"Akwar et al. found that people living and working on swine farms where antibiotics were used in feed had increased chances of carrying resistant E. coli. In some cases, the risk of resistance for the farm workers was higher than if they had taken antibiotics themselves. Once farm workers are colonized by resistant bacteria they can transfer them to family members and others in their community."

The use of antibiotics in farm animals is widespread and is not restricted to the treatment of infections but for the enhancment of weight gain. In business terms it is the conversion ratio of feed to weight that matters. The Obama government may well be taking steps to control it due to the rising incidents of Hospital Infections. Chicken and other animals can grow up to twice as fast as 30 years ago when antibiotics were not in the feeds. Scary!

It may therefore require more than "washing hands" if we do not want more outbreaks like this and other ones.

About 70 percent of all antibiotics used in the United States are given to healthy farm animals.

That is scary!

The Obama administration is at last taking on the ever powerful farming industry-good luck!
The New York Times leader today:

Farms and Antibiotics

July 24, 2009 New York Times
"The Union of Concerned Scientists estimates that 70 percent of the antibiotics used in this country are fed to farm animals. These animals do not receive these drugs the way humans do — as discrete short-term doses. Agricultural antibiotics are a regular feed supplement intended to increase growth and lessen the chance of infection in crowded, industrial farms.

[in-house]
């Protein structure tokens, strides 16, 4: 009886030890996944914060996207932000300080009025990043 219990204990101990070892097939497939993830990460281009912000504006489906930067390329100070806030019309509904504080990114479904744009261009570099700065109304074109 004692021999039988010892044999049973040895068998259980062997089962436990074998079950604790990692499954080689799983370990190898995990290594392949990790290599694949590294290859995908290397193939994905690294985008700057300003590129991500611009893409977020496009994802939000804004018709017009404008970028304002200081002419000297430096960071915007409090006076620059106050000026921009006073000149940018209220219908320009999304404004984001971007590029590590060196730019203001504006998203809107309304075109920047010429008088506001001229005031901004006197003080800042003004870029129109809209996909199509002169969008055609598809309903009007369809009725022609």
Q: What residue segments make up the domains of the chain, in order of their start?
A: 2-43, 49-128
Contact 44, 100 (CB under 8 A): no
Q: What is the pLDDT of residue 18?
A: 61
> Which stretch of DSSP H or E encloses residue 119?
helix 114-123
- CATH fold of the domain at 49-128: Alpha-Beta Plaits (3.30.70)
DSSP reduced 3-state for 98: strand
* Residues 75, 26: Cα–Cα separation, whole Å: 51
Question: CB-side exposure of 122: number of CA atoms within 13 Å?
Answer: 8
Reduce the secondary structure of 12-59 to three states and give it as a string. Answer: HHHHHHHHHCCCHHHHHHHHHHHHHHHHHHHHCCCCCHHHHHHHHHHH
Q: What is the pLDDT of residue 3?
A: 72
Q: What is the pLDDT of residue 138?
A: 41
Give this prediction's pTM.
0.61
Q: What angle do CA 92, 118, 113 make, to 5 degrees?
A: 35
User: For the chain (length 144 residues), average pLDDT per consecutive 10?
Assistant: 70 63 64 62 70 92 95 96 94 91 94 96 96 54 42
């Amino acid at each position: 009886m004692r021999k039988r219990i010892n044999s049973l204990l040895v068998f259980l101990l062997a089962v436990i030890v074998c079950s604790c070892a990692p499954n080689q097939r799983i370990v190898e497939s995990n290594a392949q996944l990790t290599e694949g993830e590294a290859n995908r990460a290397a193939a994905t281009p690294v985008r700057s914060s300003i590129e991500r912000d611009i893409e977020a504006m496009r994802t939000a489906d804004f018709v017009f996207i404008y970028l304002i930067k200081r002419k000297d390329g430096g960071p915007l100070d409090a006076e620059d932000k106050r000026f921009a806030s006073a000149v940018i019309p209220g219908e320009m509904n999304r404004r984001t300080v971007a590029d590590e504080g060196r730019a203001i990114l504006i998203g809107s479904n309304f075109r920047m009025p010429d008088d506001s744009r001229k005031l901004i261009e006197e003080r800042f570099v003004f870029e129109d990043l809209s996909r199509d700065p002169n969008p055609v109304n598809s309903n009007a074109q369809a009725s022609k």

"These practices are putting both humans and animals increasingly at risk. In an environment where antibiotics are omnipresent, as they are in industrial agriculture, antibiotic-resistant strains of diseases quickly develop, reducing the effectiveness of common drugs like penicillin and tetracycline.
"Despite that danger, the Food and Drug Administration had been reluctant to restrict routine agricultural use of antibiotics. The F.D.A.’s principal deputy commissioner, Dr. Joshua Sharfstein, signaled a welcome change in direction recently, testifying on behalf of a new bill, the Preservation of Antibiotics for Medical Treatment Act. It would allow veterinarians to prescribe antibiotics to treat individual animals or prevent disease, but it would sharply restrict the routine feeding of antibiotics to farm animals — the practice most closely associated with the development of drug-resistant pathogens.
"The legislation is drawing strong opposition from the farm lobby since the restrictions would make it much harder for industrial farms to crowd thousands of animals together in confined, inhumane and unhealthy quarters. But the current practice is dangerously self-defeating: treating more and more animals with less and less effective drugs and in turn creating resistant strains of disease that persist in the soil and water. Congress should stop this now before an entire class of drugs becomes useless."

Dr Margaret Mellon of The Union of Concerned Scientists testified before the House Rules Committee in a hearing on H.R. 1549, the Preservation of Antibiotics for Medical Treatment Act (PAMTA).

First appeared: July 24, 2009

Related: New York Times

Hospital Infection: Quorum Sensing